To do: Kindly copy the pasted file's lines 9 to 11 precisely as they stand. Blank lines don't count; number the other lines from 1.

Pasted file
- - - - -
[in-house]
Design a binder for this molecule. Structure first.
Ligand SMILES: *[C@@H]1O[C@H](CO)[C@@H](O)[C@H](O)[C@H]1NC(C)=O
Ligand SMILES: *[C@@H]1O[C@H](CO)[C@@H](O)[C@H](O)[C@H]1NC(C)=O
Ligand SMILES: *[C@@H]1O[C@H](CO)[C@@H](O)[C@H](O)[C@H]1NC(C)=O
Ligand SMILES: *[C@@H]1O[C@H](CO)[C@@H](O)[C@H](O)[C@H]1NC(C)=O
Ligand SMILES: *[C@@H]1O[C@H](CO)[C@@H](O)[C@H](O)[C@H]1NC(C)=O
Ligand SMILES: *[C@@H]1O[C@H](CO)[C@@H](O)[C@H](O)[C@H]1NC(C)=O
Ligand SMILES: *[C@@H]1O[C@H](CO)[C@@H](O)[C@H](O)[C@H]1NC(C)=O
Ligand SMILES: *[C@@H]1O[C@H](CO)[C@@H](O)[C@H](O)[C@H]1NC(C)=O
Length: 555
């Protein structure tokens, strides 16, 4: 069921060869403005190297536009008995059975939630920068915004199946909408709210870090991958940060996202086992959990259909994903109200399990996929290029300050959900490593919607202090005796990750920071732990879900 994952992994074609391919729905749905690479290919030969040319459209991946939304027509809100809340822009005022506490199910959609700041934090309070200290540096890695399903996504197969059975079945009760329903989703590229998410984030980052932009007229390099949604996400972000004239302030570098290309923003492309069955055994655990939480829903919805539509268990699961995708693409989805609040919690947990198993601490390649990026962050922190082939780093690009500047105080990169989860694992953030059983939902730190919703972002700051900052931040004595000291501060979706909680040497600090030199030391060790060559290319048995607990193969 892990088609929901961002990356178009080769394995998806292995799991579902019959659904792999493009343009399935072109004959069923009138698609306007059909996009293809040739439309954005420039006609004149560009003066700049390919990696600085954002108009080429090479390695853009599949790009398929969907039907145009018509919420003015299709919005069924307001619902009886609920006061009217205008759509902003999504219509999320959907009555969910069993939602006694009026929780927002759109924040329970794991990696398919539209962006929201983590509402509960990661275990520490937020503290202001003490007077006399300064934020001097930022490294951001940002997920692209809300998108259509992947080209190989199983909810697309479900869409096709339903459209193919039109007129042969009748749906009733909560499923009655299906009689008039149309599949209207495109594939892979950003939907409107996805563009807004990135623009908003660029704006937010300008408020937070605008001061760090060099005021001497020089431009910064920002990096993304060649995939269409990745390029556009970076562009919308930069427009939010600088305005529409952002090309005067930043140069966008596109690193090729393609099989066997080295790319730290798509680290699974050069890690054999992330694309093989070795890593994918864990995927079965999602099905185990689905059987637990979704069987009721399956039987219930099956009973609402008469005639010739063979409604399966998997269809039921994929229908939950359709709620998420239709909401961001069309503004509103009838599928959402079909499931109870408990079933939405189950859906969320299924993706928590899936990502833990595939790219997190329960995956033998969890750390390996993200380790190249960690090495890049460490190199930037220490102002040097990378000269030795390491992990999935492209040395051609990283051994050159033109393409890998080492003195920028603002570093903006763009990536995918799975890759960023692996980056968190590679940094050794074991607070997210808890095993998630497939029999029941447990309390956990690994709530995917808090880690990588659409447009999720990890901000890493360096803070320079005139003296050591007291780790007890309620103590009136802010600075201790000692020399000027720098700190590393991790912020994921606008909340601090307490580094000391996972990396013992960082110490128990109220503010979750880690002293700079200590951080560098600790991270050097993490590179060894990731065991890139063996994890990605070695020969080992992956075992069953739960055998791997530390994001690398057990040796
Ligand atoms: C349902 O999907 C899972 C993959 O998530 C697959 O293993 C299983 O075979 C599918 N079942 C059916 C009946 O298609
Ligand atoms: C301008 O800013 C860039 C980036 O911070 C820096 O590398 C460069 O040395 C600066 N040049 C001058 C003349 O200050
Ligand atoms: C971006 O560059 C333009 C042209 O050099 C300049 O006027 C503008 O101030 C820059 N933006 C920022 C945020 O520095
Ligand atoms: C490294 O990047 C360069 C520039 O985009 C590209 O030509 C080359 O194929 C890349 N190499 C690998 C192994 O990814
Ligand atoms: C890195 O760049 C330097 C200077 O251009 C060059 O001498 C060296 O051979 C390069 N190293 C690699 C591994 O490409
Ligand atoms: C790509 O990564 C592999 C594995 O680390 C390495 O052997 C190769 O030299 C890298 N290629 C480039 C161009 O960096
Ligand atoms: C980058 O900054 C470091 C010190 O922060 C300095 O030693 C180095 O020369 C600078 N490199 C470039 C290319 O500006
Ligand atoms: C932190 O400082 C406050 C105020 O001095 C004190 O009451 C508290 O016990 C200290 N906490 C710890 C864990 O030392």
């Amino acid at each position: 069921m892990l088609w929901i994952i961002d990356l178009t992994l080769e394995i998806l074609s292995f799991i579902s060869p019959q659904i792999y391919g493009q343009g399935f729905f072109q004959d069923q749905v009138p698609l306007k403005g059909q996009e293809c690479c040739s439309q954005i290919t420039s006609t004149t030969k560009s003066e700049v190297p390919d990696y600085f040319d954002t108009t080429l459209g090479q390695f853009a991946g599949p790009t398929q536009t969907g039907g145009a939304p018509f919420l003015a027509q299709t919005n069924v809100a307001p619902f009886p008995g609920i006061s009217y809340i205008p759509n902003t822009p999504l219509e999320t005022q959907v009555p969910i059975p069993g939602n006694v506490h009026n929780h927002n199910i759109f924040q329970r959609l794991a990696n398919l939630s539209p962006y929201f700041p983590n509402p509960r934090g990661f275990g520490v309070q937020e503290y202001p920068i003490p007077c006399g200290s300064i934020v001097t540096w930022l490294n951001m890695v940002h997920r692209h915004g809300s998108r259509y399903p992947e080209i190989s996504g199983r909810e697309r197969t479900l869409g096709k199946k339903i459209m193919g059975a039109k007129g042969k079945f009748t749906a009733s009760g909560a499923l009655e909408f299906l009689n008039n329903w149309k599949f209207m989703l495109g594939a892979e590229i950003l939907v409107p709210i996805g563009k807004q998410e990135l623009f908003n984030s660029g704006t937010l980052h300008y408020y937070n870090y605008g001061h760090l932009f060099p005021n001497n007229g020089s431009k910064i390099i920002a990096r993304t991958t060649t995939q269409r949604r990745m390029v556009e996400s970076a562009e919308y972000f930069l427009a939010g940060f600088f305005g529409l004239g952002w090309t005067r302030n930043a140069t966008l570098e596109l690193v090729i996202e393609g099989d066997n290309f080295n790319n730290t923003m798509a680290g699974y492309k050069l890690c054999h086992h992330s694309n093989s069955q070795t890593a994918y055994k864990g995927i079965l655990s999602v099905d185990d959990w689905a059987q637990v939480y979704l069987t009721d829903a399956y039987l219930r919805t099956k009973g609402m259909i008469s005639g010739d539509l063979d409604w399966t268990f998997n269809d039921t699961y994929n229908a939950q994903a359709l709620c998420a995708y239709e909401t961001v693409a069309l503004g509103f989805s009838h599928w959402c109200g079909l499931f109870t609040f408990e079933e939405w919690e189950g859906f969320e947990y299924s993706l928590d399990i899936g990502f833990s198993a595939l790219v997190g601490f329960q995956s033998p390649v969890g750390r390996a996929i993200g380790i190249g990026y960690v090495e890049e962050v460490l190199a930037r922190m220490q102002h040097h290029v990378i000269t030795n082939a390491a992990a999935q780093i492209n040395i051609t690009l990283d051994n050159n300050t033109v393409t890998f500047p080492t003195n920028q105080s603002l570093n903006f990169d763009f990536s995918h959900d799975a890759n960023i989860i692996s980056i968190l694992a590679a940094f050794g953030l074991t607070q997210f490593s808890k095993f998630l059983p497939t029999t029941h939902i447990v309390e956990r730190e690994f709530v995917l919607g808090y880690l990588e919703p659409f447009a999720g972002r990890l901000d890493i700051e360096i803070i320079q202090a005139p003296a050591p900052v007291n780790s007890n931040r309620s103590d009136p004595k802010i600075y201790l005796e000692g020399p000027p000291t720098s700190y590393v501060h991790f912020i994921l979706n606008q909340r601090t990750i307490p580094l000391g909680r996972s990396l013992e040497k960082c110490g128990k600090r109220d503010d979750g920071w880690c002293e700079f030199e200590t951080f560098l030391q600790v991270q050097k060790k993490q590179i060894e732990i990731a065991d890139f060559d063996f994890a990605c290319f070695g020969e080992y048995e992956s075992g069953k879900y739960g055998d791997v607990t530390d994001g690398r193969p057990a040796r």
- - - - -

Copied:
Ligand SMILES: *[C@@H]1O[C@H](CO)[C@@H](O)[C@H](O)[C@H]1NC(C)=O
Ligand SMILES: *[C@@H]1O[C@H](CO)[C@@H](O)[C@H](O)[C@H]1NC(C)=O
Length: 555